The historical Buddha.

Shakyamuni was born a prince of the Shakya nation, in what is today northern India. According to legend, his mother, Queen Maya had a dream where a six tusked white elephant descended from the heavens and entered her womb through the right side of her body.

Ten lunar months later, the Buddha-to-be was born in Lumbini, which is in present day northern India. He was named Siddhartha, meaning "he who accomplishes all goals."

Pampered by his father until the age of twenty-nine, Siddhartha lived in comfort until growing tired of his easy life, he set out on chariot rides around the city. On his rides, he saw an old man, a sick man, a dead man each time out. Siddhartha realized that all people are subject to these fates.

On his fourth trip out of the palace, Siddhartha encountered a model of a solution to the problem of human suffering, a wandering ascetic. The ascetic's dedication to the quest for spiritual freedom inspired young Siddhartha to embark on a like journey.

Unable to find an adequate master to learn from, Siddhartha sat under a rose-apple tree where he comtemplated the arising and end of life.

It is here, that the historical Buddha is said to have achieved enlightenment or the great awakening. (bodhi in sanskrit.) by defeating the forces of passion and confusion. (Tradition depicts this as a great battle with the God of death and passion, Mara.) The place is now called Bodh-Gaya.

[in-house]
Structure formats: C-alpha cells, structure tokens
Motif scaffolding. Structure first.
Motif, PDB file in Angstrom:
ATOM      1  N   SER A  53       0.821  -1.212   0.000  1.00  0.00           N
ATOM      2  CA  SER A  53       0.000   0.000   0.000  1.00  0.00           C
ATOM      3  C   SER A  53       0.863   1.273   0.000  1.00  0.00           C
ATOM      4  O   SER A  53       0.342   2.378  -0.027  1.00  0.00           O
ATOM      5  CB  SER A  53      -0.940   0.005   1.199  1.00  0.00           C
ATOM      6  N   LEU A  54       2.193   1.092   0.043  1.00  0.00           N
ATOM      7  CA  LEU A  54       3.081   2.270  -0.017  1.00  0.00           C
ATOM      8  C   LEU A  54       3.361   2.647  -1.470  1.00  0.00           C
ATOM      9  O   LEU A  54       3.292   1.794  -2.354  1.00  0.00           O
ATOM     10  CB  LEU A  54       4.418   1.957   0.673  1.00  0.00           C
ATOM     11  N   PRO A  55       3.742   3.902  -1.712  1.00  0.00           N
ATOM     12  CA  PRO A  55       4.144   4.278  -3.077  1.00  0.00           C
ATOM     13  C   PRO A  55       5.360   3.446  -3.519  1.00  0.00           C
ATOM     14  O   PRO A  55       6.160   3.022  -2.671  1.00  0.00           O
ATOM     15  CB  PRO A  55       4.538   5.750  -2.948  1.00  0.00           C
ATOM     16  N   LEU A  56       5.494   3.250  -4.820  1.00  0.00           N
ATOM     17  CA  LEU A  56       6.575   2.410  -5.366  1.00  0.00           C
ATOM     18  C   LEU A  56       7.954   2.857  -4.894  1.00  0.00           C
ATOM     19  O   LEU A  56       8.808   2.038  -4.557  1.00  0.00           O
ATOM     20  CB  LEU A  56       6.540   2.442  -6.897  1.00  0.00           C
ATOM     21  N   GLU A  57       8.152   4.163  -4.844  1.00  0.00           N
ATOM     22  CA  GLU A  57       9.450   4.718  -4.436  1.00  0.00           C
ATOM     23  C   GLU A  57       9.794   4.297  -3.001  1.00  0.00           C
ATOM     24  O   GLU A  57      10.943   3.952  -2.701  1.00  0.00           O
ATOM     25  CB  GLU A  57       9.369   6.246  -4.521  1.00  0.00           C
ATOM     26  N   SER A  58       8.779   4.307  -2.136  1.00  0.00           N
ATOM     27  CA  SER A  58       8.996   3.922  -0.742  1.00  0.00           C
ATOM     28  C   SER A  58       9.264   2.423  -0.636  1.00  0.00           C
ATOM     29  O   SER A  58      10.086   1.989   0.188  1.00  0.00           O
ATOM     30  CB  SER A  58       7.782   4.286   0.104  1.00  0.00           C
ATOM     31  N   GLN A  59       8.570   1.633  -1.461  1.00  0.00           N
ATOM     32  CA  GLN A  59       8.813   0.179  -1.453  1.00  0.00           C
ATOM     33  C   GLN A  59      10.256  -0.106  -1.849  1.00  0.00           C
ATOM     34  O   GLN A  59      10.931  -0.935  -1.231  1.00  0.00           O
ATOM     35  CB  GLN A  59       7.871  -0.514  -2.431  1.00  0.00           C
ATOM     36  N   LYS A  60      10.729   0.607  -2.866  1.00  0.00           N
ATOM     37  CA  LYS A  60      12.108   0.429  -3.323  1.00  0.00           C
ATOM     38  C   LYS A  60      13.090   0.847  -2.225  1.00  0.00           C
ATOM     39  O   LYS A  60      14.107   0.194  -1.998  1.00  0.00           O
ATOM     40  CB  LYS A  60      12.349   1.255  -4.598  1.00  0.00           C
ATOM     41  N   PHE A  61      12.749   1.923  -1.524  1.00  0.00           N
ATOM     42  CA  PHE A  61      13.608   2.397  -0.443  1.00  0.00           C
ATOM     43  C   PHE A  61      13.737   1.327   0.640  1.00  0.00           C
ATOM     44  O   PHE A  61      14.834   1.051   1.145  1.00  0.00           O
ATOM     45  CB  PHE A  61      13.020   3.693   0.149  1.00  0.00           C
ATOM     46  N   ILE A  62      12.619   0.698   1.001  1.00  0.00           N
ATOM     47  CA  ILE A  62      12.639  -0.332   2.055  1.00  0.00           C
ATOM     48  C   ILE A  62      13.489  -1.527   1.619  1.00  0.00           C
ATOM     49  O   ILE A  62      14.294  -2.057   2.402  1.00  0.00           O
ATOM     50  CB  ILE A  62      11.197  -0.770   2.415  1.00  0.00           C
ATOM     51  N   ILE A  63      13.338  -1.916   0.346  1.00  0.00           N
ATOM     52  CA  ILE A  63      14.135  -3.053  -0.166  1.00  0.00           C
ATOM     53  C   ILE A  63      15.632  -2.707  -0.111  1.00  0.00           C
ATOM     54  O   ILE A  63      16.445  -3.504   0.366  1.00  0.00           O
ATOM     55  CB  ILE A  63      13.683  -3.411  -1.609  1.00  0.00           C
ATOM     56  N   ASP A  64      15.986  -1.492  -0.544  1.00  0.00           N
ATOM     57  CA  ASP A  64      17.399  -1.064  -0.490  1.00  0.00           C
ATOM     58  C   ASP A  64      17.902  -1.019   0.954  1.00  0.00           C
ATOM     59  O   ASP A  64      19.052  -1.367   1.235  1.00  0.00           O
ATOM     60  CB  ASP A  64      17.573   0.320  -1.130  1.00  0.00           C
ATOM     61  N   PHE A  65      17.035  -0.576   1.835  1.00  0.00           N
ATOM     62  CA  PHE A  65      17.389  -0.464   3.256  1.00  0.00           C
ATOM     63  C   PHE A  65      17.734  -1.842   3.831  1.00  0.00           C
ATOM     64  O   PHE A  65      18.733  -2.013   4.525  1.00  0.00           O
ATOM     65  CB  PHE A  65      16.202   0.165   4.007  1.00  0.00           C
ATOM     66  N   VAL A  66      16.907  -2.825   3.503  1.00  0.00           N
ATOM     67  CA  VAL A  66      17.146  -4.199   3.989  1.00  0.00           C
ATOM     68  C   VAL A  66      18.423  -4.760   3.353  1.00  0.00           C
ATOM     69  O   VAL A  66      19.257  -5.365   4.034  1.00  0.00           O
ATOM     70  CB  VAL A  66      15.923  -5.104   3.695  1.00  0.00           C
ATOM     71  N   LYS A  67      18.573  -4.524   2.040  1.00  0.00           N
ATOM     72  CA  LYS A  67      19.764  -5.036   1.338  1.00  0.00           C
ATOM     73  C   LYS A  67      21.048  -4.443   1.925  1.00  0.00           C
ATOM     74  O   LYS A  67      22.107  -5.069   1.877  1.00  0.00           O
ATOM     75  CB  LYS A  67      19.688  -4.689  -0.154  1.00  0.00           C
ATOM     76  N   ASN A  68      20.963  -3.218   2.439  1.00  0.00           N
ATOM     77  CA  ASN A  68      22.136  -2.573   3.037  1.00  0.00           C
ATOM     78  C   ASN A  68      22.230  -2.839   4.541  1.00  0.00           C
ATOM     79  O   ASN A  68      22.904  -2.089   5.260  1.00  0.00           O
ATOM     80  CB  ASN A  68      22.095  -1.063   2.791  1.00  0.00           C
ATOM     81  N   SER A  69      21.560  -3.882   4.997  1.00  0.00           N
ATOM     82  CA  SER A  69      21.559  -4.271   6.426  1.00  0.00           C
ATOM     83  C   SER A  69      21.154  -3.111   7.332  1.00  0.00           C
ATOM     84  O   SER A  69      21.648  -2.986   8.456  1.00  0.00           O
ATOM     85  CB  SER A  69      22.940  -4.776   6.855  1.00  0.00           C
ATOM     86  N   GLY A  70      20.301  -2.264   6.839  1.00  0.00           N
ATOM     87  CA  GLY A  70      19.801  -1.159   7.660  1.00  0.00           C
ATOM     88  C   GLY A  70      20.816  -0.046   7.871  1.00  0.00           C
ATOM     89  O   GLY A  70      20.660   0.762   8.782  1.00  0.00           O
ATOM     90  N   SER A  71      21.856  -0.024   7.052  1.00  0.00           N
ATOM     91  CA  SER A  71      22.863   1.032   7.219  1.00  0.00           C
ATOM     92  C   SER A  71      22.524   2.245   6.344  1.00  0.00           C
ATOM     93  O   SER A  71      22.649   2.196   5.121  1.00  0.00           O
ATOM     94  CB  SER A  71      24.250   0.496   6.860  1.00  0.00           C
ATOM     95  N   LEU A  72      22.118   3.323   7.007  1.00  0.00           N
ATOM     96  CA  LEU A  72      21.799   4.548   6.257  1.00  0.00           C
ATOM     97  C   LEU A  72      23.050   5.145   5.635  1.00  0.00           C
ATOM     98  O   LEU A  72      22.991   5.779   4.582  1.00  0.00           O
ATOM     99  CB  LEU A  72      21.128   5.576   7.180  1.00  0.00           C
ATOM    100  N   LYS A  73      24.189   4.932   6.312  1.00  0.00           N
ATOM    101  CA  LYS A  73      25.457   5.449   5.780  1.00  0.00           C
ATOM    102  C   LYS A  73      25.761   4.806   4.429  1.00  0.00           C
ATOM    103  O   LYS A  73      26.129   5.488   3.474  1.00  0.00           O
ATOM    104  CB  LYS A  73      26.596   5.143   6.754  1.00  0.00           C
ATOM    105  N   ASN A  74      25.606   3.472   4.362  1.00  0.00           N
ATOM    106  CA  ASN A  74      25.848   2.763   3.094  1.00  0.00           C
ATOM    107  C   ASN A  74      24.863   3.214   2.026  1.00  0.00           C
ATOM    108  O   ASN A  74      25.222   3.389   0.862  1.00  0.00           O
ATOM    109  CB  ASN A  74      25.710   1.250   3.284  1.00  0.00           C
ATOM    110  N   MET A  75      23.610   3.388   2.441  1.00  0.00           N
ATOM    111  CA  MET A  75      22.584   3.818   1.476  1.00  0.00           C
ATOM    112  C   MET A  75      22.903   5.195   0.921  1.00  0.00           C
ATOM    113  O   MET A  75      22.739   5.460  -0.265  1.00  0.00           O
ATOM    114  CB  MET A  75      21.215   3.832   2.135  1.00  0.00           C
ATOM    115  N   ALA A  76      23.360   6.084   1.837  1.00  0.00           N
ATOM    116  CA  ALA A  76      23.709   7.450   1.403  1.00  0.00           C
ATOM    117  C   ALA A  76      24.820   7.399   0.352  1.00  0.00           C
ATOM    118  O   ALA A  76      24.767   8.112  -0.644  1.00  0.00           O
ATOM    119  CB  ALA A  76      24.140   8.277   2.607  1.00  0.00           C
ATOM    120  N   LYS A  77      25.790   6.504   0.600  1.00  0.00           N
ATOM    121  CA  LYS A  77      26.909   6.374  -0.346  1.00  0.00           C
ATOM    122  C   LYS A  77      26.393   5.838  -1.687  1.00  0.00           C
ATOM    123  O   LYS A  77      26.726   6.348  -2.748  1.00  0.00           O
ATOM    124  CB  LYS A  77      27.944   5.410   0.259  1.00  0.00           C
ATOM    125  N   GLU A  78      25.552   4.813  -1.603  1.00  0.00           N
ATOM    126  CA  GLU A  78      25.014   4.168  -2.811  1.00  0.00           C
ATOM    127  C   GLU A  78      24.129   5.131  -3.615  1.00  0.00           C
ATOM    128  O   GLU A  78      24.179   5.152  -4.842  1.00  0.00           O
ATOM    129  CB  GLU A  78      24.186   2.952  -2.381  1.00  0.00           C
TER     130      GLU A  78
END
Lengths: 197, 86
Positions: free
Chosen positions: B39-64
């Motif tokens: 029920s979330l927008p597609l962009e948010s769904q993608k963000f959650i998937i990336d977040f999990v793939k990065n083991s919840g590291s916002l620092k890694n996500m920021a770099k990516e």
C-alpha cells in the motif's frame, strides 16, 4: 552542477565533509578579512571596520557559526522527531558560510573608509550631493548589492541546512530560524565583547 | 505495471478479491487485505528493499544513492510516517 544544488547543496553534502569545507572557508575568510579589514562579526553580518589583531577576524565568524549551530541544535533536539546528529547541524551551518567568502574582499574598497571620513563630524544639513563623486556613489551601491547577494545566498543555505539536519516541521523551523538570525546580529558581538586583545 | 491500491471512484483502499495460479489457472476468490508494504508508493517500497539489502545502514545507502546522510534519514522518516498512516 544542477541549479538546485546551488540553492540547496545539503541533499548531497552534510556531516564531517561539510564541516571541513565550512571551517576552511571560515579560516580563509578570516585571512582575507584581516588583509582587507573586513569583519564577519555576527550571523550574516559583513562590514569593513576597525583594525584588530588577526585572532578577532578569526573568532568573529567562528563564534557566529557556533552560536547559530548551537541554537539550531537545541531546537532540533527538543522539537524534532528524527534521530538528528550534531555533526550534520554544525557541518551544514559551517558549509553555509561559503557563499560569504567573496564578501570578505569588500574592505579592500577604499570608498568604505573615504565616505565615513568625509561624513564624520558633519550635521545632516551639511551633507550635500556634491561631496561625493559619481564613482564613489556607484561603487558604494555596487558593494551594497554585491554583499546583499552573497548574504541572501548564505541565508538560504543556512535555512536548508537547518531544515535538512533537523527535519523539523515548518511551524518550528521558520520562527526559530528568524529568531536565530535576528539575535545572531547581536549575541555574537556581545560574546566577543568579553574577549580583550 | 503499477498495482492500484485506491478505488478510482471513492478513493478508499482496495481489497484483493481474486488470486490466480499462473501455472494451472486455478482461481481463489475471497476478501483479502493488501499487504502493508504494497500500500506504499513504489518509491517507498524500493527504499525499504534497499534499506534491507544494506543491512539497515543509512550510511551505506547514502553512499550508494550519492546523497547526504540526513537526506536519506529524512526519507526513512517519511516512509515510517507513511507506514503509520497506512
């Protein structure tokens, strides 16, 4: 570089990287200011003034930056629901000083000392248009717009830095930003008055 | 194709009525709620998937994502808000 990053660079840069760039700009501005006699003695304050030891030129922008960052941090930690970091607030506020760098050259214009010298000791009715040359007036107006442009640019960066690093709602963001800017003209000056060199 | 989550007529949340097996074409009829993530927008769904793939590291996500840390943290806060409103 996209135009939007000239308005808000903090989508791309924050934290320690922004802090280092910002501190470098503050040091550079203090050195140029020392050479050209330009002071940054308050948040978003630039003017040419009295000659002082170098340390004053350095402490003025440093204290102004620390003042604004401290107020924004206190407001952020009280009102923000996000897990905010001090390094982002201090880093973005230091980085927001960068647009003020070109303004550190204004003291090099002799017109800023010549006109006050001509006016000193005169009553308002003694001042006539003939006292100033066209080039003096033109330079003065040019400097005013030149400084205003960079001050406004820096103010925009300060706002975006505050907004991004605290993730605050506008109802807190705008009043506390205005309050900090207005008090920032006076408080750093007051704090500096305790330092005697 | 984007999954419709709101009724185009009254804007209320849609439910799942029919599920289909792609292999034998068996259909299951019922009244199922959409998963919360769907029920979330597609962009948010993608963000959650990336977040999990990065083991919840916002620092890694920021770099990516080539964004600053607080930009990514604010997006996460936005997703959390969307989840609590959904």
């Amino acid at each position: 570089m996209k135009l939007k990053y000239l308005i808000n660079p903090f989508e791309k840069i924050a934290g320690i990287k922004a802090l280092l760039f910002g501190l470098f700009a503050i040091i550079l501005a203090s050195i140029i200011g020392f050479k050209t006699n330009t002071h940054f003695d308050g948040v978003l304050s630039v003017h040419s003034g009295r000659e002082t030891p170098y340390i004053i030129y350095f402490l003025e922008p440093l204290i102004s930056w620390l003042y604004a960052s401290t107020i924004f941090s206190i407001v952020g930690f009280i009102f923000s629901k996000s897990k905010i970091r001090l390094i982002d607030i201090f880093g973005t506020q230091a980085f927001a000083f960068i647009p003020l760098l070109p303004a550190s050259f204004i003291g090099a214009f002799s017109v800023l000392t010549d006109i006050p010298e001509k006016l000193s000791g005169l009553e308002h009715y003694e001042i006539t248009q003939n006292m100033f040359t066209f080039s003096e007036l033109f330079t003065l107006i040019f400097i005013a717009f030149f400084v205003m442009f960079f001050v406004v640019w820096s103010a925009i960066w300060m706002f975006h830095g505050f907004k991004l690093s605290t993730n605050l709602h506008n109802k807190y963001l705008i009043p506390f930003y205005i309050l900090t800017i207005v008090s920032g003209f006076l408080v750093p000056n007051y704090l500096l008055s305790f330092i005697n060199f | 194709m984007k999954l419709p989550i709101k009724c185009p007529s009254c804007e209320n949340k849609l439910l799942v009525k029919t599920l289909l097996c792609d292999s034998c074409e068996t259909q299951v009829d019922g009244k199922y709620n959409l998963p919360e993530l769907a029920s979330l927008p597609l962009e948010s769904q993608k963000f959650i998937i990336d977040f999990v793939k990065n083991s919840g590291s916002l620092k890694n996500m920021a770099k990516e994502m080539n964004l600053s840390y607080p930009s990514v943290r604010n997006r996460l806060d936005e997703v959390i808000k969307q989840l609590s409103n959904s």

What Shakyamuni discovered was the Dharma, the fundamental truth and method leading to liberation. Determined to preach the Dharma to othere, he set out to what is today called Sarnath, where he gave his first sermon in a deer park.
The sermon summarized the gist of Buddhist teachings in the four noble truths.

Siddhartha Gautama lived to the age of 80, teaching the Dharma. During this time, he came to be known as Shakyamuni. (Muni is sanskrit for "silent sage", and Siddhartha was known as the "sage of the Shakyas")

Shakyamuni died in Kushinagara, presumably on his way home to die at his birthplace, Lumbini. Thus ended Shakyamuni's life and series of miracles, as in the case of a Buddha, this death was to be his last, ending the series of transmigration.